Commentary Magazine


Jamestown, 400 Years Later

We mark our wedding anniversaries with ever more precious materials—progressing from paper to gold to diamonds—but the process seems to be reversed with our national anniversaries. Over the years, the establishment of the first successful English colony in North America, which took place in 1607 at Jamestown, Virginia, has been commemorated with ever diminishing means. This month, the 400th anniversary of the settlement was marked with a curiously stilted ceremony that, by official policy, actually avoided the word “celebration” itself.

One can understand why Native Americans and blacks might find little in this anniversary to celebrate. But it is noteworthy that the angriest attack of all should come from a British newspaper. According to the Guardian, if Jamestown is to be remembered at all, it should be as “the birthplace of African slavery, Native American genocide, and the global tobacco trade,” a veritable trifecta of human misery.

The newspaper has been widely and justly ridiculed for its remarks. African slavery, of course, existed long before 1607. It’s true that the American colonies served as a point of expansion for the international slave market into the New World. But the nation that grew from those colonies, along with its mother country, participated powerfully in the moral critique of slavery that led to its eventual extirpation in the West.

But this is not the most remarkable part of the Guardian’s essay. What really shocks the reader is the casual way in which it lists the export of tobacco as a historical crime alongside slavery and genocide. This is morally ridiculous, and factually inaccurate to boot. Tobacco was given by Native Americans (the Powhatan, specifically) to the Europeans, not the other way round. (The Guardian is evasive on this, speaking only of the “global tobacco trade,” as if the truly heinous crime were not the health risks of tobacco but capitalism itself.)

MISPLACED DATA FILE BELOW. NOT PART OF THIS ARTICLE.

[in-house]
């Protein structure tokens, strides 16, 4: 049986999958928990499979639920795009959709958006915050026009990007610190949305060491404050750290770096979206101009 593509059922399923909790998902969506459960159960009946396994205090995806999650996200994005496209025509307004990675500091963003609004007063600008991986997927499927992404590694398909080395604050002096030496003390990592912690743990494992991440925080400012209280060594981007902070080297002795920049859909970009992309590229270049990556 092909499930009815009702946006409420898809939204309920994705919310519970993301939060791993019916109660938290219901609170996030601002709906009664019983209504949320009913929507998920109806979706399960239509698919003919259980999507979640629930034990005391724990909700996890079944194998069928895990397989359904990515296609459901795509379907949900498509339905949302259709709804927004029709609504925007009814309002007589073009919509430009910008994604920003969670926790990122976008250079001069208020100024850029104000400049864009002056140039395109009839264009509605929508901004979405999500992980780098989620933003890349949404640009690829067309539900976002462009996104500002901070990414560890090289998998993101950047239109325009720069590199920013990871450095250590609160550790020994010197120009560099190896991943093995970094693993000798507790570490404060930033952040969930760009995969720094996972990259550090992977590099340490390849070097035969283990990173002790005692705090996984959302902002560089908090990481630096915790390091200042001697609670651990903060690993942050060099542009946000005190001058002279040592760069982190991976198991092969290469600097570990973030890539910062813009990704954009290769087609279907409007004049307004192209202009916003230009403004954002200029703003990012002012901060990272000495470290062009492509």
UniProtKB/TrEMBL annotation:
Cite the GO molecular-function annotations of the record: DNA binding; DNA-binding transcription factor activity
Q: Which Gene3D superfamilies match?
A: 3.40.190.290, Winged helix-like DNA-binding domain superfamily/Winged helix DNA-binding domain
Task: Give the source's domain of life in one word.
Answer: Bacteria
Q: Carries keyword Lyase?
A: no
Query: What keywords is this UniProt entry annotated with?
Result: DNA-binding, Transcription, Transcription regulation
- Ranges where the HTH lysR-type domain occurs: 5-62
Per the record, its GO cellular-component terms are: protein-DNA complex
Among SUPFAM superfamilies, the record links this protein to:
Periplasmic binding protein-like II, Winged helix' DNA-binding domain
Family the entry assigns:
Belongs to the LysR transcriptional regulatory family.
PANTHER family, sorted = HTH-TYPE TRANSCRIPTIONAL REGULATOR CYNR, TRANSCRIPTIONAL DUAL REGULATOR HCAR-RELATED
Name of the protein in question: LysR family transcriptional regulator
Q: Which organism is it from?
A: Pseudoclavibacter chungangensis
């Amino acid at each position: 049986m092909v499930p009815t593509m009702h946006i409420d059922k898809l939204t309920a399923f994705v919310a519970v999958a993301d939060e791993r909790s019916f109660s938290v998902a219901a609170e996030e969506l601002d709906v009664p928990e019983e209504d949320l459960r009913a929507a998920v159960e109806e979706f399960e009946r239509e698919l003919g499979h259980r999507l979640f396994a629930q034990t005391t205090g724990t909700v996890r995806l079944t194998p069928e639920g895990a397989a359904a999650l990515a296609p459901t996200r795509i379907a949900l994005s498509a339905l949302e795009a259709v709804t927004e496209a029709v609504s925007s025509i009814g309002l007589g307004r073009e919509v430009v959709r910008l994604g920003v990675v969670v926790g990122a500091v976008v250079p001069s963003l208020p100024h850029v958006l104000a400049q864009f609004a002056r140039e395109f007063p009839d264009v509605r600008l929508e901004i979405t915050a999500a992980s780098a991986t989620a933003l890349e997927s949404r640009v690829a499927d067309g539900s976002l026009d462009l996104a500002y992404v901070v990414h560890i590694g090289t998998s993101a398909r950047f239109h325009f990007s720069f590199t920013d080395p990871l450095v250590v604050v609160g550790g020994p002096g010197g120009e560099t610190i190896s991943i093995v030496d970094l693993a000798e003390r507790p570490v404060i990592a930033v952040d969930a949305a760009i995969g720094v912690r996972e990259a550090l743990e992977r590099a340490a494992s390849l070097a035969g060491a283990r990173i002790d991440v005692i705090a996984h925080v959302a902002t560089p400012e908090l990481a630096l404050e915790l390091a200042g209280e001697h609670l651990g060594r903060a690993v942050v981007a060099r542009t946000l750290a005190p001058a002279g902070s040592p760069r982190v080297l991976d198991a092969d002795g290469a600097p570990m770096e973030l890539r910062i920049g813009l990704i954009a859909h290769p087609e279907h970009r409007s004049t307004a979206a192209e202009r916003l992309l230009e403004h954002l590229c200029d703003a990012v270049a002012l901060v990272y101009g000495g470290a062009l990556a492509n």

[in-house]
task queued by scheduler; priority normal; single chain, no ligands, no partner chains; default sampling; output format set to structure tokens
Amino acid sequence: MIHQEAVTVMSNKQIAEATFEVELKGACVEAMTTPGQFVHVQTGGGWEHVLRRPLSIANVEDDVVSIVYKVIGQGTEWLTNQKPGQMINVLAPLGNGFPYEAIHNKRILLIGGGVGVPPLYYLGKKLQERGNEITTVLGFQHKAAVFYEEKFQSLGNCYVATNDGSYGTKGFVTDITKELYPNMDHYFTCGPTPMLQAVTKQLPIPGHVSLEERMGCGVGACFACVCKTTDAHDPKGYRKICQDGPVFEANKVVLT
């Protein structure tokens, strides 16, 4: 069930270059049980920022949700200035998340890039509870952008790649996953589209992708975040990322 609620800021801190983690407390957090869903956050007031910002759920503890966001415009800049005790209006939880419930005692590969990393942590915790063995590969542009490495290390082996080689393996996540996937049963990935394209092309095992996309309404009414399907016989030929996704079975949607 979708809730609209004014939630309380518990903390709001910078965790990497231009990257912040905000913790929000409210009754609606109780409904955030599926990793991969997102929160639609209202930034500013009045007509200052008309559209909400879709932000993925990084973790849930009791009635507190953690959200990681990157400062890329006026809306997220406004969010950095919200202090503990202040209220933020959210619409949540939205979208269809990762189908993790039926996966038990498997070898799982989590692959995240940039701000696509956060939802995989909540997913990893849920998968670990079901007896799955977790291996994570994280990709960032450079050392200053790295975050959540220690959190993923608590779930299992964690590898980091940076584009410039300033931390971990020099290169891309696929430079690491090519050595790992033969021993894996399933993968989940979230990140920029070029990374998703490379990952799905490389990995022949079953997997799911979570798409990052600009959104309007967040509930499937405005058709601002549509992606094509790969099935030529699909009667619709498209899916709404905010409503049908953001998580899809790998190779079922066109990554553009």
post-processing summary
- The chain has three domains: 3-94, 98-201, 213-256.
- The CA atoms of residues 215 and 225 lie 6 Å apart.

The consequences of tobacco’s importation were momentous, affecting everything from the balance of economic power in Europe to the rhythm and pattern of everyday life; only the potato (another New World product) rivaled its impact. The usual term for such a dynamic exchange of products, customs, and ideas between peoples is multiculturalism. It is amusing that the Guardian, a stalwart champion of “multicultural Britain” (as one can confirm by a simple check on Google) should be so squeamish about this.